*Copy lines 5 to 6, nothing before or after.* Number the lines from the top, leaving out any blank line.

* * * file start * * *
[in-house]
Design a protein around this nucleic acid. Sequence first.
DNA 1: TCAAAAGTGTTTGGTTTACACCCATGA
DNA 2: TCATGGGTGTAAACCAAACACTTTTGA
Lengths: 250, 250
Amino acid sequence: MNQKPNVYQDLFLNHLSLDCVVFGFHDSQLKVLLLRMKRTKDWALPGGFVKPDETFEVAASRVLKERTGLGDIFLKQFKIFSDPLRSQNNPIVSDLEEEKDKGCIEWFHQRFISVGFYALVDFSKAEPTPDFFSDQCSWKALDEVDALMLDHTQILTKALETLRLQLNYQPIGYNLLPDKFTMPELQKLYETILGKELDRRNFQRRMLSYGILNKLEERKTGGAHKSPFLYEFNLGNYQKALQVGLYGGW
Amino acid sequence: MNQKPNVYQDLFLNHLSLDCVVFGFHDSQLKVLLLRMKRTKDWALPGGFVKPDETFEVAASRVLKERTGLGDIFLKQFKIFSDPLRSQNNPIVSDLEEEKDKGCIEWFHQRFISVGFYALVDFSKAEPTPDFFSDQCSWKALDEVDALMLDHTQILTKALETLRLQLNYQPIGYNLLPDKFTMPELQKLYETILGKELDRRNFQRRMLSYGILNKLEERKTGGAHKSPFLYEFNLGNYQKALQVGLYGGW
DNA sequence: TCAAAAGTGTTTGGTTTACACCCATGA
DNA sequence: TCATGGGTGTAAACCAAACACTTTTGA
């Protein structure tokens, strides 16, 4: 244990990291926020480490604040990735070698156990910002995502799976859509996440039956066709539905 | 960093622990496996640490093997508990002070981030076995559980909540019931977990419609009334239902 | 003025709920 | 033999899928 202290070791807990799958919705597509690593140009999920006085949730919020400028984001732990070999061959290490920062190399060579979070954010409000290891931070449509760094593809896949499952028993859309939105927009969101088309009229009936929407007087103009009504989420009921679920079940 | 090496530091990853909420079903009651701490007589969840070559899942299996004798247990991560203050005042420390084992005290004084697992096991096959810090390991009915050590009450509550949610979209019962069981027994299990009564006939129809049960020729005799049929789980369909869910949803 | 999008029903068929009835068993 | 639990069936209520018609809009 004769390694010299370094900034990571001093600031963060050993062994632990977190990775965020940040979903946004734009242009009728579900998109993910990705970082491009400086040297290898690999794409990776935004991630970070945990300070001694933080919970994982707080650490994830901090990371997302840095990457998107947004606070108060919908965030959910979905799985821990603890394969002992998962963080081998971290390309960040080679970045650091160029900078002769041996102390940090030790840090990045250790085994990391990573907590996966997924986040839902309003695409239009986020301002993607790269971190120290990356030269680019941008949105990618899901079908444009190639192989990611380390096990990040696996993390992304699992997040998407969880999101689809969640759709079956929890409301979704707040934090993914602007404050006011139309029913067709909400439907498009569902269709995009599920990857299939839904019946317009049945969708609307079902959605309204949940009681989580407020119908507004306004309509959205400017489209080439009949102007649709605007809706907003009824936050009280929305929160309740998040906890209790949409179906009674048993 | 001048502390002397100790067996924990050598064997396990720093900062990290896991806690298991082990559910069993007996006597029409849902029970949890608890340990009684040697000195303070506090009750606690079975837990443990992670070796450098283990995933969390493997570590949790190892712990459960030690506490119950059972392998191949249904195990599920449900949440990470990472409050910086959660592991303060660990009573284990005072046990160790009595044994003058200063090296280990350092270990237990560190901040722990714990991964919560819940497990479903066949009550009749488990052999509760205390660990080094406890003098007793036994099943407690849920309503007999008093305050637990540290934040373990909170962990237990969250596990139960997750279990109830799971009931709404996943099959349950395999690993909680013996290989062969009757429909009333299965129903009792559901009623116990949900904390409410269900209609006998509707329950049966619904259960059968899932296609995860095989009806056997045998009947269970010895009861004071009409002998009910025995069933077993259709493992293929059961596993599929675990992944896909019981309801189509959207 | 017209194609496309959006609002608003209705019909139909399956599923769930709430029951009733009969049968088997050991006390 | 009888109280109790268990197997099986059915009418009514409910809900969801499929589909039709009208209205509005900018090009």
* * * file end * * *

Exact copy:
Lengths: 250, 250
Amino acid sequence: MNQKPNVYQDLFLNHLSLDCVVFGFHDSQLKVLLLRMKRTKDWALPGGFVKPDETFEVAASRVLKERTGLGDIFLKQFKIFSDPLRSQNNPIVSDLEEEKDKGCIEWFHQRFISVGFYALVDFSKAEPTPDFFSDQCSWKALDEVDALMLDHTQILTKALETLRLQLNYQPIGYNLLPDKFTMPELQKLYETILGKELDRRNFQRRMLSYGILNKLEERKTGGAHKSPFLYEFNLGNYQKALQVGLYGGW